Here, By this Ramshackle Road, Lies the Village of Poets

  • Malik Nisar
  • Publish Date: Apr 16 2018 2:07AM
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  • Updated Date: Apr 16 2018 2:07AM
Here, By this Ramshackle Road, Lies the Village of Poets

Tilgam, Baramulla, is a literary treasure trove, but the state government couldn’t care less


To call Tilgam a treasure is no exaggeration. It is, after all, a small repository of Kashmiri art and culture. It’s the village of poets.  

A small village in Pattan tehsil of Baramulla district, Tilgam is home to literary giants. It has nurtured, for starters, Fayaz Tilgami and Ranjoor Tilgami. “Poetry runs in the genes of our people,” said Fayaz Tilgami, the renowned poet and writer in Kashmiri. “We have been bestowed with this blessing by our forefathers. Poetry runs in our blood. It distinguishes us from other villages; we are identified by our art.” 

Tilgam traces its poetic tradition as far back as the 19th century, when Shah Ibrahim emerged as the village’s first widely known poet. The line of poets has continued almost uninterrupted since and has been punctuated by renowned names such as Fateh Kral, a sufi master who died in 1939 but whose verses continue to inspire poets to this day. “I once walked more than 10 kilometres to get some of Fateh Kral’s works from an old companion,” said Fayaz Tilgami

In spite of coming from the same social and literary milieu, all Tilgam’s renowned poets and writers have developed their own distinct styles. Muhammad Amin Wani, famous as Ranjoor Tilgami, for one stands in a class of his own not just among his village’s wordsmiths but in the contemporary Kashmiri literary scene as well. 

Ranjoor, author of 10 books and writer of many of the famous contemporary Kashmiri songs, claims to be an accidental poet. 

“I was not interested in poetry in my younger days,” he says, puffing at his hookah. “In 1965, I became a teacher and was posted in Mansbal. I succumbed to the beauty of Mansbal and that is what turned me into a poet.”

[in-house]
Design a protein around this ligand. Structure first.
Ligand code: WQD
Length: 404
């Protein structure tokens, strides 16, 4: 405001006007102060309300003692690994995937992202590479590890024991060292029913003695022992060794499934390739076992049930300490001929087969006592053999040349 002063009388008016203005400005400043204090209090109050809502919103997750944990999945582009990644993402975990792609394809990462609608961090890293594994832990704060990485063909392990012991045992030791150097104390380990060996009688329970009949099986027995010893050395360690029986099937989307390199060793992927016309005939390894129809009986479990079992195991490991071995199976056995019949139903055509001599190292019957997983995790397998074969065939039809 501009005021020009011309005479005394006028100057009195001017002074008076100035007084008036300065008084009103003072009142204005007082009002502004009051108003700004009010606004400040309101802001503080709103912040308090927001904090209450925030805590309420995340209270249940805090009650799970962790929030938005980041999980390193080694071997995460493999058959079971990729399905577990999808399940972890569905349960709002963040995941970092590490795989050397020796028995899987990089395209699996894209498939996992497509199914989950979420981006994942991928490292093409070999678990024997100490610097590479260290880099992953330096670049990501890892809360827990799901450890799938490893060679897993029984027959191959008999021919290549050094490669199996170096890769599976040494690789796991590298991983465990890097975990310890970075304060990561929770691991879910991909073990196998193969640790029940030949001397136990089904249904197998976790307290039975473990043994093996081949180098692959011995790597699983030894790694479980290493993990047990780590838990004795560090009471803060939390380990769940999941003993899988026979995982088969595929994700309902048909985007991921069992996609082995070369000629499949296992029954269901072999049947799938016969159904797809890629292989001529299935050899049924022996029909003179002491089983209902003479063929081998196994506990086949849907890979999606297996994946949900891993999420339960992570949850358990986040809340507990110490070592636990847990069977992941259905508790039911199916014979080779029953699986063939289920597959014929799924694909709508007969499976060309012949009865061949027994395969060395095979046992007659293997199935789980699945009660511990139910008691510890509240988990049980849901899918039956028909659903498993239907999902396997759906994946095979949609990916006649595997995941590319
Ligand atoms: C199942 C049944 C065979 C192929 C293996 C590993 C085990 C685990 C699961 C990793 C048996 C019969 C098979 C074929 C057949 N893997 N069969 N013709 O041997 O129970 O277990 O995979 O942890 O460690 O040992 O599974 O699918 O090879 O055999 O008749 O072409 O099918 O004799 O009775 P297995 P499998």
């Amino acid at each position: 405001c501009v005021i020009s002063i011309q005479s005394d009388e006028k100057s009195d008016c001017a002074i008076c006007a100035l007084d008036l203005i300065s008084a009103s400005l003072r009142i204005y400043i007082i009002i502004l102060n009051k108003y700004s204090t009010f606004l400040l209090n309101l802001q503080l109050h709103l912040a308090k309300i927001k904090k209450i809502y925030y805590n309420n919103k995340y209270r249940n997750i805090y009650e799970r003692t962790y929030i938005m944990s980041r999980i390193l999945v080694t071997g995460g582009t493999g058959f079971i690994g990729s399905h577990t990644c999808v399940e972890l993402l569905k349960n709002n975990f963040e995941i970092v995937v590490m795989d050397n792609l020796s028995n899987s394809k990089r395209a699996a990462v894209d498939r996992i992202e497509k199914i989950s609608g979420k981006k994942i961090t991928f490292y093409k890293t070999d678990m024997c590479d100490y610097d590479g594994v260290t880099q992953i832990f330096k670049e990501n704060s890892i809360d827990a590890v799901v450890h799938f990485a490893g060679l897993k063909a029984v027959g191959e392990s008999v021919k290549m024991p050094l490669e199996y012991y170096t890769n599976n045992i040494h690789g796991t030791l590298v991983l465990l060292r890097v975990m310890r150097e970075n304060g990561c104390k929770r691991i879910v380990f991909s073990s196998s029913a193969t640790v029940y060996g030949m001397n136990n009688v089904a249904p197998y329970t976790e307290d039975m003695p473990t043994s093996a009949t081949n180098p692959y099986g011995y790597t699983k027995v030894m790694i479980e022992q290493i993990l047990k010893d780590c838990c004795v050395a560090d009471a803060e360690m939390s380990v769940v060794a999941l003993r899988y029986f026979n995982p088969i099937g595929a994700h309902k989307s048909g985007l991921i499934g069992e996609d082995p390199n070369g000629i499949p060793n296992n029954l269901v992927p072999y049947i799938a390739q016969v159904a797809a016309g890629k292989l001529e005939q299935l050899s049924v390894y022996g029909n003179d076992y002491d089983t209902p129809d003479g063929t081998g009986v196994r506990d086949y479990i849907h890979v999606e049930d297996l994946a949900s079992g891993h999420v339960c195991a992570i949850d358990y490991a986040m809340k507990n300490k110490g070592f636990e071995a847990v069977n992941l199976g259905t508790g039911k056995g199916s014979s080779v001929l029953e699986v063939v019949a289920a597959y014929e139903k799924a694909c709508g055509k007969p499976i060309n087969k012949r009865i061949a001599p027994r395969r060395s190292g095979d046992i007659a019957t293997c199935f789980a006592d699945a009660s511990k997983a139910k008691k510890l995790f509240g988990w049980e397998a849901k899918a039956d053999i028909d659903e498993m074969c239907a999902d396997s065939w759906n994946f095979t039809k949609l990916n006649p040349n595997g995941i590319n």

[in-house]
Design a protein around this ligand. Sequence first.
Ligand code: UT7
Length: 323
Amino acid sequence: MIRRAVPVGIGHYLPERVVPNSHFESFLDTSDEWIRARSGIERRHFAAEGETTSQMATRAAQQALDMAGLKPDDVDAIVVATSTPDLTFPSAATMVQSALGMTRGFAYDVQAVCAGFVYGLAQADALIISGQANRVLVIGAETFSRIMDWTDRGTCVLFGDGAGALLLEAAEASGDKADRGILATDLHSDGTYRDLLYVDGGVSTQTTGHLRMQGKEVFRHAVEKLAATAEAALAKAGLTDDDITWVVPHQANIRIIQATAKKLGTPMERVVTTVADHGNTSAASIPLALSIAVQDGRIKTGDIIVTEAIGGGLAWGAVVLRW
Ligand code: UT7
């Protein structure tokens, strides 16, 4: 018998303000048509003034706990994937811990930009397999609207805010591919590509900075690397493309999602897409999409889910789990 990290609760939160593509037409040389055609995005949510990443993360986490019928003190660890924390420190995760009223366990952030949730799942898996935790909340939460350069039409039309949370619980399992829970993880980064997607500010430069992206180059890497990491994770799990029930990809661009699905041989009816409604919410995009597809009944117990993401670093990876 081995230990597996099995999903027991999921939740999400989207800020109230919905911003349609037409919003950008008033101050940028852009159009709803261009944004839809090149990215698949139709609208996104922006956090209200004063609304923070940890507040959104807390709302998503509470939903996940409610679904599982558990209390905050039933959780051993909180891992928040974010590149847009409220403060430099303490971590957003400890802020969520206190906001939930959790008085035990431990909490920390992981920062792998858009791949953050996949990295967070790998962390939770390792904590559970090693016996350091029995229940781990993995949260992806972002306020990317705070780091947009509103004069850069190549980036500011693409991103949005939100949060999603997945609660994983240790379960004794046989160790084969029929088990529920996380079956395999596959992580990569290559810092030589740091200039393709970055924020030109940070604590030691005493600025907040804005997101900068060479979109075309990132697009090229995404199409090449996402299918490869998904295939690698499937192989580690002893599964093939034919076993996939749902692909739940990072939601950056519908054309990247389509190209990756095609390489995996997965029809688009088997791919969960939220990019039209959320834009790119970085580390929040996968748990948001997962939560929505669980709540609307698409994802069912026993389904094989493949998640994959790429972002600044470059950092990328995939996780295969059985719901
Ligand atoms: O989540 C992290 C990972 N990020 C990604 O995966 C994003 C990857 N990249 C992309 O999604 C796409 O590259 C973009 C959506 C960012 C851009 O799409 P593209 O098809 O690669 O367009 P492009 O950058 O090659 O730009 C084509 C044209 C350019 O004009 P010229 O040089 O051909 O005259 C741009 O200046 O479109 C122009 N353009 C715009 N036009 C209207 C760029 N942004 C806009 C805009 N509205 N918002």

Fayaz Tilgami is a teacher as well but unlike Ranjoor, he was attracted to literature from an early stage. In 1972, still only a teenager, Fayaz did his first mushaira, or poetry recital, on radio. “I got interested in literature at a very young age and my passion drove me to poetry. I enjoyed it throughout my career and I am still enjoying it,” he says.

Fayaz is the patron of Barhi Adab Tilgam, an association of poets from his village. (Yes, there are so many of them!) In this role, he guides young poets and writers from Tilgam and surrounding villages. Among this younger lot is Shabnam Tilgami, a well known voice on Radio Kashmir, where he’s a news reader, but who is also making a mark as a literary and cultural activist. Then there is Showkat Tilgami, the poet and literary activist who serves as joint secretary of the Kashmir Young Writers Association. 

Khalid Bashir is a short story writer from Tilgam. His works in Urdu have been widely in Pakistan. “The list of our young writers and thinkers is long,” says Ranjoor. “Each of them has a unique style.”

Tilgam’s reputation as a centre of creativity is such that aspiring writers and students from across North Kashmir and beyond come visiting regularly, hoping to benefit from the likes of Ranjoor and Fayaz. 

If anyone is oblivious of the village’s significance, it is the state government which hasn’t seen it fit to even lay a decent road to Tilgam. According to the residents, the administration has been promising to set up a library in the village for decades but it has not materialised. In there is a story of the state’s apathy towards art and culture – or maybe a poem.